Updates

Independent referee’s report

On 23 October 2020, the Federal Court of Australia adopted an independent referee’s report which concludes that the Diesel Particulate Filter System (DPF System) in all Toyota Hilux, Prado and Fortuner diesel vehicles sold in Australia between October 2015 and April 2020 was defective.

These findings are of great significance to the owners of the 250,000 affected vehicles subject of the class action, and an important step towards obtaining compensation for group members who were sold defective vehicles by Toyota.

The independent referee found that the DPF System was not designed to work effectively during normal use of the vehicles in the Australian market, and the DPF System was designed with both mechanical and software defects.

The independent referee also found that countermeasures attempted by Toyota during the relevant period were ineffective and, in some cases, made the problem worse.

A copy of the independent referee’s report can be found here.

Despite these problems, Toyota continues to market the Hilux as “unbreakable” and the Prado as being “built to take on Australia’s toughest terrain”.

A short summary of the key findings from the referee’s report can be found below.

If you are a group member, and would like to become a Represented or Registered Unrepresented Group Member, you can complete the form online here.

 

Summary of the independent referee’s report

 

What is the DPF System?

 The DPF is a filter which is intended to capture harmful pollutants, such as carbon monoxide, nitrogen oxides and diesel particulate matter, which are emitted by diesel engines. These pollutants must be continually removed from the DPF for it to remain effective and the DPF System uses a process called “regeneration” to achieve this.

 

What are the key defects and defect consequences found by the independent referee?

The key defects and defect consequences found by the independent referee are that regeneration of the DPF System fails to remove sufficient particulate matter from the DPF to prevent it from becoming blocked and ceasing to function effectively. This causes:

  • damage to parts of the DPF System;
  • excessive, foul-smelling white smoke (unburned diesel fuel) to be emitted from the vehicles;
  • vehicles to require unusual or abnormal maintenance, such as repeated, unscheduled inspections, services and repairs.

 

Toyota claims that the countermeasures introduced in mid-2020 fix the issue. Is this correct?

The independent referee did not determine that countermeasures introduced by Toyota in mid-2020 are effective. Rather, the referee found that they were designed to eliminate the core defect and appeared to remedy the defect.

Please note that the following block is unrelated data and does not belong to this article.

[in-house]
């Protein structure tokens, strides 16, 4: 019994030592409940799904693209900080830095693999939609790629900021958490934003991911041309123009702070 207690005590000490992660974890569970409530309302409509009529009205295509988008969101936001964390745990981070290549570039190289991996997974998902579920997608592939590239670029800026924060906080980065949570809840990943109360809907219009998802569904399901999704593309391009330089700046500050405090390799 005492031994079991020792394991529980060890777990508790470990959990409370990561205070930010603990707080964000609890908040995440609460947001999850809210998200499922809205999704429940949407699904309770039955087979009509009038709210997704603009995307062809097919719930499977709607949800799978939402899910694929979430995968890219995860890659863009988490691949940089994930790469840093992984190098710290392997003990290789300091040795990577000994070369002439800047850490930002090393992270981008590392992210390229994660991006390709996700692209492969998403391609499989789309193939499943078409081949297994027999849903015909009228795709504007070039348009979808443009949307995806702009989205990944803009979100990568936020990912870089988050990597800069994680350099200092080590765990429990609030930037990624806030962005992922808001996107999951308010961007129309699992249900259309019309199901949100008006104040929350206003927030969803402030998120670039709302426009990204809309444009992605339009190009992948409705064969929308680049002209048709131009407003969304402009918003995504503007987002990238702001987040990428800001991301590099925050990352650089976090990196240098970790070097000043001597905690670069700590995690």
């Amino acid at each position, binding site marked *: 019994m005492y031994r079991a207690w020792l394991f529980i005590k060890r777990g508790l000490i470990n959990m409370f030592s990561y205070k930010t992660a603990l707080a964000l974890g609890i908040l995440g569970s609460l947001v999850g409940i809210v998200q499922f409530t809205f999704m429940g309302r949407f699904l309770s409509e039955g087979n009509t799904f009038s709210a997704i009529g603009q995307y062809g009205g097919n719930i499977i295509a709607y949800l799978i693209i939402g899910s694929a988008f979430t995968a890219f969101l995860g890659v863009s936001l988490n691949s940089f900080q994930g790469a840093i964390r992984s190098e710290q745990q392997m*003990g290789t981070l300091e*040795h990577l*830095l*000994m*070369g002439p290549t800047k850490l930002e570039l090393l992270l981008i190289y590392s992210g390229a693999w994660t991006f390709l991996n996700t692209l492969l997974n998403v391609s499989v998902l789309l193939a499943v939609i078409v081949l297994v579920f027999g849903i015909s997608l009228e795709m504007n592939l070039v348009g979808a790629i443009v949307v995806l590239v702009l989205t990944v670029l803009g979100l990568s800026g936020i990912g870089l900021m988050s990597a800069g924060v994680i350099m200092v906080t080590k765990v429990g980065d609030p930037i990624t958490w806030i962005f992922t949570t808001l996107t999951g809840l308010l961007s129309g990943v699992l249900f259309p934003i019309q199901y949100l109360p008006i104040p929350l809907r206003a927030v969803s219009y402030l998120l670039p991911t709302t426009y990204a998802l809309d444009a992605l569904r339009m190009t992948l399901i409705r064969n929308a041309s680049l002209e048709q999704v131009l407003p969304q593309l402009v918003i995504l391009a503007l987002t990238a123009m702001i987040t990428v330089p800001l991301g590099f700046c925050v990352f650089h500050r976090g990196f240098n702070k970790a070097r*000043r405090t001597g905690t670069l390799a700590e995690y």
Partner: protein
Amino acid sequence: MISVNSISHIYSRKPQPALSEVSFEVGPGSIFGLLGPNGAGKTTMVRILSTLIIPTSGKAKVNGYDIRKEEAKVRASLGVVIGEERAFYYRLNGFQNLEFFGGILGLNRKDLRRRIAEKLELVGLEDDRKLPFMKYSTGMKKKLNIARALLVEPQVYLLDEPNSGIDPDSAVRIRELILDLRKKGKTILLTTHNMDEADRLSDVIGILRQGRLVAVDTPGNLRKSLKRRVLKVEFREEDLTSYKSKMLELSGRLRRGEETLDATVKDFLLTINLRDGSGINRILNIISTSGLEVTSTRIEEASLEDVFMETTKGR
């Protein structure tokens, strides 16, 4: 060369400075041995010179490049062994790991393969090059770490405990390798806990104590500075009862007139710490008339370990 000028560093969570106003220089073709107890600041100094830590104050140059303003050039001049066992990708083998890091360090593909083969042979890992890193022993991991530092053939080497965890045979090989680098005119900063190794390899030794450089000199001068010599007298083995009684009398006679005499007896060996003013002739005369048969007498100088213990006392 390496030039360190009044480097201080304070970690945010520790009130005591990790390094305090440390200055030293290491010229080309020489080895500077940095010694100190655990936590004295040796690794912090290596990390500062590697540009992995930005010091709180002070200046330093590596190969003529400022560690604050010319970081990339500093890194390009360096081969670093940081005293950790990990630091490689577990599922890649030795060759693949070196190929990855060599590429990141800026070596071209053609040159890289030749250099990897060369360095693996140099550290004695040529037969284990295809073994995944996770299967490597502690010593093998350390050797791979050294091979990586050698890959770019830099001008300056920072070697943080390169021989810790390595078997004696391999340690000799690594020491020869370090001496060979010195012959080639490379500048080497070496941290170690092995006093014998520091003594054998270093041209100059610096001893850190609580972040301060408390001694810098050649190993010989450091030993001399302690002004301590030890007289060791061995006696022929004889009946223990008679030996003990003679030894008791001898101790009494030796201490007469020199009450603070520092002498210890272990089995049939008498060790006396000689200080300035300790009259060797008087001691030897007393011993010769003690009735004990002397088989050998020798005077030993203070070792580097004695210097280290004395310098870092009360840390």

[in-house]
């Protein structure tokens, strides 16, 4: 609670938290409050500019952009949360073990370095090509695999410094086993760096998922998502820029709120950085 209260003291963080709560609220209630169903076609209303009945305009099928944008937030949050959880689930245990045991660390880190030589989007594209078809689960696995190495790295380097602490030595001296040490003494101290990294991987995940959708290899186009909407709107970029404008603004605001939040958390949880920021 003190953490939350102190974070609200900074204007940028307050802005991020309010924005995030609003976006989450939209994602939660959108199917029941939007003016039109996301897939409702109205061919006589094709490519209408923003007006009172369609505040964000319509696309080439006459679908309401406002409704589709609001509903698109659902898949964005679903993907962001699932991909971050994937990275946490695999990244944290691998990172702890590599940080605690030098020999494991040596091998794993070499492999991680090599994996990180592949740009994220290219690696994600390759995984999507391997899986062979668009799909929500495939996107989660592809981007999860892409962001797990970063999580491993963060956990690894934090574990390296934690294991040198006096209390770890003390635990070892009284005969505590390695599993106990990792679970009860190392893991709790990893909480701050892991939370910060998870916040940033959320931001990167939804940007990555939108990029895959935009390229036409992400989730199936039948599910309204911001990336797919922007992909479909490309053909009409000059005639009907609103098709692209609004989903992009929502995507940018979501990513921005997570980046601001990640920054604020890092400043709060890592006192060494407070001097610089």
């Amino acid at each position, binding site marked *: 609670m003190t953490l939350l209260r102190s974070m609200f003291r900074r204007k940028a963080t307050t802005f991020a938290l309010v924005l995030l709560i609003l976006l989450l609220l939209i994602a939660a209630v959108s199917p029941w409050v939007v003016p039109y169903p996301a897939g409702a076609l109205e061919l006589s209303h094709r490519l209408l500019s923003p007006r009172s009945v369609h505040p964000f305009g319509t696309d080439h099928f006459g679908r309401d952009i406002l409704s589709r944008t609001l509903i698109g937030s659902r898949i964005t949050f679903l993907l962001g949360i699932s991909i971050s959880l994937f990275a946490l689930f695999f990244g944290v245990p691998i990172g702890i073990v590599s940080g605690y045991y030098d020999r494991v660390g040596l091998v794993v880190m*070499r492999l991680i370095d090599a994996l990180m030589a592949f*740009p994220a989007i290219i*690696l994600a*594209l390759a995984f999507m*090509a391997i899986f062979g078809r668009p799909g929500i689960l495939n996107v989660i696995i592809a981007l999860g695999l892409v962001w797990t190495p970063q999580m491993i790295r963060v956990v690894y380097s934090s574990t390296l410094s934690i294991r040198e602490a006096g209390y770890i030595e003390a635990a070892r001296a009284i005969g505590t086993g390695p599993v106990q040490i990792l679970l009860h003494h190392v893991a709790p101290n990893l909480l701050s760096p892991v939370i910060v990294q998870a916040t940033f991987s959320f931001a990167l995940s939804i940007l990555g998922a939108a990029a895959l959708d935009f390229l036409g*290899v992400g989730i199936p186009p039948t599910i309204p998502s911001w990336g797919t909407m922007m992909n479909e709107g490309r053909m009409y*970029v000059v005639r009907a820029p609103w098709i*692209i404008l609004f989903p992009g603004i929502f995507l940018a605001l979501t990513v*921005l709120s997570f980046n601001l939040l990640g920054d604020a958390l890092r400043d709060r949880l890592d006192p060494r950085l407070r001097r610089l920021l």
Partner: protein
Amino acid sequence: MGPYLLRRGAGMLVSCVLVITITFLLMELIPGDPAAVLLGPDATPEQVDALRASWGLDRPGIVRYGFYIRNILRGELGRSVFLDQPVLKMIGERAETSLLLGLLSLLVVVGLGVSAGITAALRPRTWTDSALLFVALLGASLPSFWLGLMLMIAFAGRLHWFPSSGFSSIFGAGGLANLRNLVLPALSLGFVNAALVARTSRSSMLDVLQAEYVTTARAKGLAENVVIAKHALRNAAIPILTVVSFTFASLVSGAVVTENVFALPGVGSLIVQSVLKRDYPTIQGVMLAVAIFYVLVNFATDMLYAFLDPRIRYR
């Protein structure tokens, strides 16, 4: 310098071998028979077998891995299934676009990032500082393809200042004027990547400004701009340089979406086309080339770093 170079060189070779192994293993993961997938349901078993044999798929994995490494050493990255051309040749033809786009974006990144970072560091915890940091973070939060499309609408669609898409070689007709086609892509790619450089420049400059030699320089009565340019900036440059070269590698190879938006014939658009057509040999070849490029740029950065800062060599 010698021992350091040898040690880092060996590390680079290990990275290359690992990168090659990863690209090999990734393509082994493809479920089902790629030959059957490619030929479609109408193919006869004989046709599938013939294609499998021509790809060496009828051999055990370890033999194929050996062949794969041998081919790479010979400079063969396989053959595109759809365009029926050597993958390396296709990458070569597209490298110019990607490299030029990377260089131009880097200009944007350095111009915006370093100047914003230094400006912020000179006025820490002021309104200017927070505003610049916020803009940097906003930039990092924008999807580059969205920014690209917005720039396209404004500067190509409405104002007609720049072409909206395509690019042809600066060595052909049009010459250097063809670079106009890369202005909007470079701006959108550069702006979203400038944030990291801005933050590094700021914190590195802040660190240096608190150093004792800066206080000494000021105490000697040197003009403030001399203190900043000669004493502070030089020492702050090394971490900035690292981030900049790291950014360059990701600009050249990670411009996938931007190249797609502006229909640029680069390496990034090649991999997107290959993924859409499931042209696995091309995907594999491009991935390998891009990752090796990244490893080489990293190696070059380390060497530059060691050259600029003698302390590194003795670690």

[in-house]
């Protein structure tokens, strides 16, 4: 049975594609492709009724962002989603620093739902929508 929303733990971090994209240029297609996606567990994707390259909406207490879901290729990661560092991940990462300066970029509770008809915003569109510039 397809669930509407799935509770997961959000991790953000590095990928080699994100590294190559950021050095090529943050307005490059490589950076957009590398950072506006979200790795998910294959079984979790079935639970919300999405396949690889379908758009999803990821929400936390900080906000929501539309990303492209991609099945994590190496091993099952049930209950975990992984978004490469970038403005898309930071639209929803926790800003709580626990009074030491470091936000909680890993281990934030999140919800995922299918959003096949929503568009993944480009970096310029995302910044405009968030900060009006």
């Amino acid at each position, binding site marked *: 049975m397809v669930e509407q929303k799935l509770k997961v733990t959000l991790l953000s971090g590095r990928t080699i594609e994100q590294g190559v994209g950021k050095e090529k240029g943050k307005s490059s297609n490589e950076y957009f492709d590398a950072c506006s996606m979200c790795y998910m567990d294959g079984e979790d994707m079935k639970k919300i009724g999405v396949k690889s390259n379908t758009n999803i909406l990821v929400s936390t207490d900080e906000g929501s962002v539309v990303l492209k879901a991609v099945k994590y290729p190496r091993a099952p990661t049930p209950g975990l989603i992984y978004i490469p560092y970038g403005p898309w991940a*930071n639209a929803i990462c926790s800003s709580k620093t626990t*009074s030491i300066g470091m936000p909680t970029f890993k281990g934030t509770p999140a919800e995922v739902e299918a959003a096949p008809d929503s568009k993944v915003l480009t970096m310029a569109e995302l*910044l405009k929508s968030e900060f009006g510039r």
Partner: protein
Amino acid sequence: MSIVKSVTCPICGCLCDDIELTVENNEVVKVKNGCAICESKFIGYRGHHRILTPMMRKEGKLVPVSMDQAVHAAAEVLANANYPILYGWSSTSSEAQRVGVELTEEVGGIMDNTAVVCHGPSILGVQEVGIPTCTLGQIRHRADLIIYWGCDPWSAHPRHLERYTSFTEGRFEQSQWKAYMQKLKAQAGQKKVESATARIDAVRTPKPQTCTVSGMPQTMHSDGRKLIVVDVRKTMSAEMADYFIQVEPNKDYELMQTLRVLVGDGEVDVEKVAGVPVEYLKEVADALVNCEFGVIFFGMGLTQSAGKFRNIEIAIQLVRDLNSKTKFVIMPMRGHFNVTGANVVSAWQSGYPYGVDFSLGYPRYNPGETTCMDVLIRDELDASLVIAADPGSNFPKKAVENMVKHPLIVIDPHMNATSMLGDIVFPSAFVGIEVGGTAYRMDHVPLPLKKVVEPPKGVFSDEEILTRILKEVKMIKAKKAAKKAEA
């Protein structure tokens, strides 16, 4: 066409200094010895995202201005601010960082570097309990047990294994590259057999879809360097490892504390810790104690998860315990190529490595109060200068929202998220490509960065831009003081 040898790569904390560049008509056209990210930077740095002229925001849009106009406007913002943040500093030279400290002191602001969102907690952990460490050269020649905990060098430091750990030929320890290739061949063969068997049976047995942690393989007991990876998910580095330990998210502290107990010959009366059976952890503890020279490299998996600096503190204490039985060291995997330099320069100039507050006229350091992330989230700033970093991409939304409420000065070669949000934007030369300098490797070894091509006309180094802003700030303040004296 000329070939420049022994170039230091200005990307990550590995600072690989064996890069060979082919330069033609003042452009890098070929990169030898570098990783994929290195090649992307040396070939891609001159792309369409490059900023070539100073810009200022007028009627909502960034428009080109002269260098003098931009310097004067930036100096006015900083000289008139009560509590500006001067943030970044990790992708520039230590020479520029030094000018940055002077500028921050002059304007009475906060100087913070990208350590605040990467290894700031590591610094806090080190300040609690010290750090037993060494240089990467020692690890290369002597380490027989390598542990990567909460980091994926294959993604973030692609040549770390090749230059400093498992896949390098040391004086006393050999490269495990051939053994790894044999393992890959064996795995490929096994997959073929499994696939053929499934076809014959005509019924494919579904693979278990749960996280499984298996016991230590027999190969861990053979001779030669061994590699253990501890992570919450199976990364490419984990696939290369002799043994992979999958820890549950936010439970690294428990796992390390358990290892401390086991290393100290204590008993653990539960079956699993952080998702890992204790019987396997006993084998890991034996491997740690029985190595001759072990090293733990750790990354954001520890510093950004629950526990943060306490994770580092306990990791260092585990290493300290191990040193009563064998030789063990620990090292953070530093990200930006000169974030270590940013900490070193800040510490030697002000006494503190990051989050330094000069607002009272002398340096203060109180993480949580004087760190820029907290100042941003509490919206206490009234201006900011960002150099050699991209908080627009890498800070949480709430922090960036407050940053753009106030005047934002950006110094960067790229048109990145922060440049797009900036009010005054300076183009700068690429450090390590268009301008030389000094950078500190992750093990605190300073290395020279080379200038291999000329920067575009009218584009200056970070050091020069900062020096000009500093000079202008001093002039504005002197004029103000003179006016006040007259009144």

It was submitted on behalf of the applicant that it is too early to tell whether these countermeasures provide a long-term fix to the defects. The independent referee found that other countermeasures attempted by Toyota were ineffective and, in some cases, made the problem worse.

Even if the 2020 countermeasures do prove to be effective, group members in the class action will still be able to claim damages. Toyota sold defective vehicles for 5 years which continue to cause many consumers problems. Consumers did not receive what they paid for and have suffered the consequences ever since.

 

Did the independent referee find that fuel consumption is impacted?

The independent referee did not find that the defects do not increase fuel consumption. Rather, the effect of the independent referee’s findings was that the defects identified would have an impact on fuel efficiency, but he did not have the information needed to quantify the impact and reach a conclusion.

It was submitted on behalf of the applicant to the Court that the defects do increase fuel consumption.  Even a ‘marginal’ impact on fuel efficiency over the course of the life of a vehicle and across a class of over 250,000 affected vehicles will amount to significant damages having been suffered by the class. For example, if each group member spent an extra $200 on fuel across the life of the vehicle, across 250,000 vehicles, that amounts to the class having incurred an extra $50 million in fuel costs alone.

 

Mediation

At the hearing on 23 October 2020, the Court indicated that the date by which a mediation between the parties is to take place will be set at a hearing in December.

 Further information about the case will be provided as the case progresses.

Funded by

Balance Legal Capital

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Prosecuted by

Bannister Law Class Actions

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